There are still a few nice, honest people left in the world. Case in point: the guy who saved my ass this weekend. After church, I stopped at the grocery store on the way home to pick up a few necessities. I had the kid in tow and we were both still dressed in our good church clothes so I was carrying a clutch purse instead of my normal, ginormous, running-around-doing-errands purse (this fact becomes important later – just trust me on this). I’m never a fan of grocery shopping even at the best of times and doing it in 3” heels, with a 4-year-old who is ready for his nap and yet still not too tired to notice and ask about every toy, piece of candy, box of cookies or sugary cereal that we come across is even more difficult. So, I was on a mission to get in, get the stuff we needed, and get outta there as fast as possible. I managed to accomplish this task fairly well except I had to give up on the lunch meat as there was a line 6-people-deep at the deli counter so that was a no-go. Still, got the milk, the diet coke and the peanut butter and everything else on my list and got out of the store without any tantrums occurring on either my part or on Ryan’s part. Navigated the demolition derby that is the parking lot without breaking my neck or having Ryan get run over by some crazed psycho in a Hummer who thinks the parking lot is the best place to try to break the land speed record. Got the kid and the groceries in the car, was a good citizen and put the grocery cart back in the cart return area and headed for home. No problems, right? I pull into the garage and start to unload things when I suddenly realized that I don’t see my purse. Anywhere. I start frantically looking for it at which point this small voice pipes up from the back seat: “Uh, Mom, are you looking for your purse?” “Yes, honey, do you see it back there?” “No, you left it in the cart at the grocery store.”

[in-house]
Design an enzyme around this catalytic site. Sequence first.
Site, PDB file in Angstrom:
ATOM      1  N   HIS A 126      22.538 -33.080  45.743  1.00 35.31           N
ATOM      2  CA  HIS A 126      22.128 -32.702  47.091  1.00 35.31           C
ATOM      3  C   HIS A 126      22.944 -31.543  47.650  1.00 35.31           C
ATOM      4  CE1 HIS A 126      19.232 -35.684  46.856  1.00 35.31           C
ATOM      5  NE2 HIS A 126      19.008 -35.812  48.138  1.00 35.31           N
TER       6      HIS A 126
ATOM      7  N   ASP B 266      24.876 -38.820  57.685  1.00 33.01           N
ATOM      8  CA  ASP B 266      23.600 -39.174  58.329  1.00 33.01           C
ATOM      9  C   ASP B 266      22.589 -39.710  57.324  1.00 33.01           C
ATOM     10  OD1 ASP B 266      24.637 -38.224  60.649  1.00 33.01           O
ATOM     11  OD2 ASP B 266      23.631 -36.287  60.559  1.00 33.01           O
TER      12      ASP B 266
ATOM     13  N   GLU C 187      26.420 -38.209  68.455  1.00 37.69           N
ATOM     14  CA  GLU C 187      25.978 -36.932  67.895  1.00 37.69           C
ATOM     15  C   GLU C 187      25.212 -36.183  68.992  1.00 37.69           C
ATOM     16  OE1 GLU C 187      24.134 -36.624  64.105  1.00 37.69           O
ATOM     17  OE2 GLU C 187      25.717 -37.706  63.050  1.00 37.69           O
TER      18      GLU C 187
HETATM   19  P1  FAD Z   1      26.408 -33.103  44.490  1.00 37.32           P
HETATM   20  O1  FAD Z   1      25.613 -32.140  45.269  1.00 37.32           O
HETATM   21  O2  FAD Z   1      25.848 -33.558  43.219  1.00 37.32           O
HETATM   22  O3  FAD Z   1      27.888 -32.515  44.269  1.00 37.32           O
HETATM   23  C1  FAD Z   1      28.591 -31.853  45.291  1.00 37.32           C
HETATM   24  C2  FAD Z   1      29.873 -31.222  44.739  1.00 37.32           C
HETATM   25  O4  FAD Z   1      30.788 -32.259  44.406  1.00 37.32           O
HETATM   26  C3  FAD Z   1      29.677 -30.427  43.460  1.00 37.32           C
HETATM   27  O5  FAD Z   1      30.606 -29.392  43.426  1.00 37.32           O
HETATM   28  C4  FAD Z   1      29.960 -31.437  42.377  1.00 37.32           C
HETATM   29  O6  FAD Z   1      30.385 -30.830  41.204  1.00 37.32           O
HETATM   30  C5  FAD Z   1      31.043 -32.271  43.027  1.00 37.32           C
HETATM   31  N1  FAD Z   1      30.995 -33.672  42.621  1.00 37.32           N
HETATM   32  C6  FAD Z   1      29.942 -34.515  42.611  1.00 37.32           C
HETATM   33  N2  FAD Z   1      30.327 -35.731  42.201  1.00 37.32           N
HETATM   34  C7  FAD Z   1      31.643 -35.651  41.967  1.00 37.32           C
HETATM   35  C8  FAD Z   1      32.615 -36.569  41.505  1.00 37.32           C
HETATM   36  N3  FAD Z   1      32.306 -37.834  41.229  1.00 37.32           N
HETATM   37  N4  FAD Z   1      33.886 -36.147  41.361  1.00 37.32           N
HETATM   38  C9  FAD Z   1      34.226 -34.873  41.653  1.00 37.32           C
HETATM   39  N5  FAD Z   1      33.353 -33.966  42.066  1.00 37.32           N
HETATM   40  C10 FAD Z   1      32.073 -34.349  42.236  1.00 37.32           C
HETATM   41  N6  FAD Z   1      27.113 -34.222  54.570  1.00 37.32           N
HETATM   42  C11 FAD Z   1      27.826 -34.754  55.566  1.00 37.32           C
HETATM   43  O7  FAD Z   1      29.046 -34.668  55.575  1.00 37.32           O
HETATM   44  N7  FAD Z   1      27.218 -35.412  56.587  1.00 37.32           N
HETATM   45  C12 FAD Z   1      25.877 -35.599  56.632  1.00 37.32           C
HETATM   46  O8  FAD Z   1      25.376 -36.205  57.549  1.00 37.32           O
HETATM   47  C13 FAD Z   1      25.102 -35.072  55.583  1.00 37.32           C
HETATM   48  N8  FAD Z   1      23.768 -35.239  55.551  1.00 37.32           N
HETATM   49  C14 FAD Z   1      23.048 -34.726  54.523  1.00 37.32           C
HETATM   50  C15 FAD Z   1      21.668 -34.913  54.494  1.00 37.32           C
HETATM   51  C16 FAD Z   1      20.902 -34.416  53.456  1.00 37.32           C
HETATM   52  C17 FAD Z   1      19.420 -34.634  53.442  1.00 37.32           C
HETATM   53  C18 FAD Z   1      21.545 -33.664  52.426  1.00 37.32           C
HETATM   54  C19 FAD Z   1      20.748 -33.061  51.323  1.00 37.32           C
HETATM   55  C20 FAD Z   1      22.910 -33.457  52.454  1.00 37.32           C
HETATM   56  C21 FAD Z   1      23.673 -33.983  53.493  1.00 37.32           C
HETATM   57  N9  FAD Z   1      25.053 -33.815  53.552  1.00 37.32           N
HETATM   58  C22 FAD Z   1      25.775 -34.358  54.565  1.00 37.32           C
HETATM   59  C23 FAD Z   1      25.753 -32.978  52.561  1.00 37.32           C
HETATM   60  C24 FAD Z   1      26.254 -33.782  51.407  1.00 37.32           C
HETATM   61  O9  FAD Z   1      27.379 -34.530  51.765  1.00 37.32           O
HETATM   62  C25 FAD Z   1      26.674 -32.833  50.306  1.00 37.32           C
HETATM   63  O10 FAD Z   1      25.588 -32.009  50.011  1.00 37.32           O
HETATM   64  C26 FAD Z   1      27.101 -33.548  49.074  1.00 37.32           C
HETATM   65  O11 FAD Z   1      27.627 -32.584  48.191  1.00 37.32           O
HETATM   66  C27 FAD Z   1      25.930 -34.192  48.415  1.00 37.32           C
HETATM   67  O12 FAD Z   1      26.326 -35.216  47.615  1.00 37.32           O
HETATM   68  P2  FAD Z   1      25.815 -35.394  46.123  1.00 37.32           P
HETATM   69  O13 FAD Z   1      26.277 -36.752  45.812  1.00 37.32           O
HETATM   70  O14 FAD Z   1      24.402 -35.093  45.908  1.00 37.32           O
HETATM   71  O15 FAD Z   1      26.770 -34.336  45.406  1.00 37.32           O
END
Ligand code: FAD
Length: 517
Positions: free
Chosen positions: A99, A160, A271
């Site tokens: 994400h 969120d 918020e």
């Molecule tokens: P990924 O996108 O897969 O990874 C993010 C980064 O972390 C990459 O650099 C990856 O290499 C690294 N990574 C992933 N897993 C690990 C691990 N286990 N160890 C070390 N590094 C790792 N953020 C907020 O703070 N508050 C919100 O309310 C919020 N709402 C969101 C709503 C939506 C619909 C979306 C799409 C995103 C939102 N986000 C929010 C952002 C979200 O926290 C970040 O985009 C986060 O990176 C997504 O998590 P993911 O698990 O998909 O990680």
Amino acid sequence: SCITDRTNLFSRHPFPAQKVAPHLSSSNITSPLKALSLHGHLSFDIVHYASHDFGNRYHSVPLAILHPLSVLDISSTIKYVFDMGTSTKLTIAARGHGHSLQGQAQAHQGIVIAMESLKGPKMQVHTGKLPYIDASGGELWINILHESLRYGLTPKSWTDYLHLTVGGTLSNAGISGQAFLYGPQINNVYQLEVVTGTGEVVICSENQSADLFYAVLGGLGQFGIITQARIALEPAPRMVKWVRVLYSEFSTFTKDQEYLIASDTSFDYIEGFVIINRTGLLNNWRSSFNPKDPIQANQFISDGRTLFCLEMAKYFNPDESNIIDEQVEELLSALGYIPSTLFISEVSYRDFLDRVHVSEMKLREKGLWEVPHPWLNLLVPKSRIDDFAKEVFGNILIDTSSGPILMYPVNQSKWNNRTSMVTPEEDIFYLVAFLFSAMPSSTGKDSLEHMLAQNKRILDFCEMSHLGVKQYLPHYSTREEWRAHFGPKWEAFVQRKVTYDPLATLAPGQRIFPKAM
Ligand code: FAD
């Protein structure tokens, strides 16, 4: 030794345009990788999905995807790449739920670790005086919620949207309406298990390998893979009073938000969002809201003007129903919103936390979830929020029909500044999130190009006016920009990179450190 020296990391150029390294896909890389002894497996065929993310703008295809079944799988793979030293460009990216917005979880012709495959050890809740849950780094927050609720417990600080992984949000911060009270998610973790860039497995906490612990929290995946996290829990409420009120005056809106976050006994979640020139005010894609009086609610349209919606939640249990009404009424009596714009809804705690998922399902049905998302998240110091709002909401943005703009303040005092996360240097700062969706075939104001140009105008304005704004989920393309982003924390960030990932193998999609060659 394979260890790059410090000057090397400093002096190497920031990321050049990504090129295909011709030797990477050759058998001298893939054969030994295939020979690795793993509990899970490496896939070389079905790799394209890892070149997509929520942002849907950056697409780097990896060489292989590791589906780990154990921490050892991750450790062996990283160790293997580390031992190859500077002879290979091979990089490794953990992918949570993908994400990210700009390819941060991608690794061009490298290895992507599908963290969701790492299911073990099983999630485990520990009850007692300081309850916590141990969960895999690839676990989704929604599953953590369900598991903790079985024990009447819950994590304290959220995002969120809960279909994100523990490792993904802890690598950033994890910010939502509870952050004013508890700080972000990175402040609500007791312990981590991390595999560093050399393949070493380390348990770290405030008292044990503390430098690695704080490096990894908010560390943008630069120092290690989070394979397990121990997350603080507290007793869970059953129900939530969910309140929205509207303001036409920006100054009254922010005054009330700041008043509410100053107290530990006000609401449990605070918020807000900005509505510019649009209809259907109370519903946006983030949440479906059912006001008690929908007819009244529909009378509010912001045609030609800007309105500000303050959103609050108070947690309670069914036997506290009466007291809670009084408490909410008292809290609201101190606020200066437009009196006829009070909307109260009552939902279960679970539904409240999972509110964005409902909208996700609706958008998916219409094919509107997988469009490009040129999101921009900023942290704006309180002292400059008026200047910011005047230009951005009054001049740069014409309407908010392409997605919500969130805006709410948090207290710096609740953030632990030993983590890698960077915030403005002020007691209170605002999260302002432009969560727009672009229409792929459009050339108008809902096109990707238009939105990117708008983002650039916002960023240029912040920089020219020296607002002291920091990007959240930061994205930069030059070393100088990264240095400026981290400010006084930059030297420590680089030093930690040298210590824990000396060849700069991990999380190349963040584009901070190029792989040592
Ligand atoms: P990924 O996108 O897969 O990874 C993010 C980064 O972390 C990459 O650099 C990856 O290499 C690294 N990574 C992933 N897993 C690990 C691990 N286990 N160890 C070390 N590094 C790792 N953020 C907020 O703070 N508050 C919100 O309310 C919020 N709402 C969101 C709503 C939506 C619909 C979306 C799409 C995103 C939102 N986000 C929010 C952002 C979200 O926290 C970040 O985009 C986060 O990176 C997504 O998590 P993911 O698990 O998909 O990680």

Those of you that are women and carry purses are screaming along with me, I am sure. See, my normal purse is a shoulder bag, which stays on my shoulder and therefore is never at risk of being left behind somewhere. Not so with a clutch purse – it’s easy to set it down and forget about it. In fact, if you want to free up your hands to do anything, you almost have to set it down (although mine has a wrist strap so you can hang it from your wrist and note to self that I need to freakin’ use the strap next time!) I remember jumping back into the car and starting the engine and then everything is a blur until I pull back into the grocery store parking lot. Well, I do remember Ryan saying from the back seat that I should slow down or the “pleaseman” will give me a ticket and me muttering some response about an emergency (Ryan has since told at least two perfect strangers that it is okay to break the law if it is an emergency – way to go, me). As I squeal into the handicapped spot (emergency, remember?) which is the closest place I can park to the cart return, I can see my grocery cart sitting there by itself, but it’s obvious that there’s no black clutch purse in it. My heart is sinking, but I decide to go into the store and check to see if anyone has been honest enough (yeah, right) to maybe have turned in the purse. As I get up to the door of the store, I see a man standing off to the side with a cart and something black in it. Just as I’m about to try for a closer look, he looks at me and says “I think I have your purse – I recognize you from your driver’s license. Don’t worry, everything is still in it.” After he picked me up off the ground where I had fallen into a puddle of relief, I thanked him a bunch of times and headed back for the car because Ryan was still strapped into it and I didn’t want to leave him alone (or the car in the handicapped spot) any longer. It wasn’t until I got home that I realized I should’ve given the guy something as a reward. That purse had all the cash I’d just taken out when I bought groceries, all my credit and ATM cards, my (brand new) driver’s license, my phone, and a new pair of Brighton sunglasses that I just bought in Vegas. Losing it could have so been a complete disaster.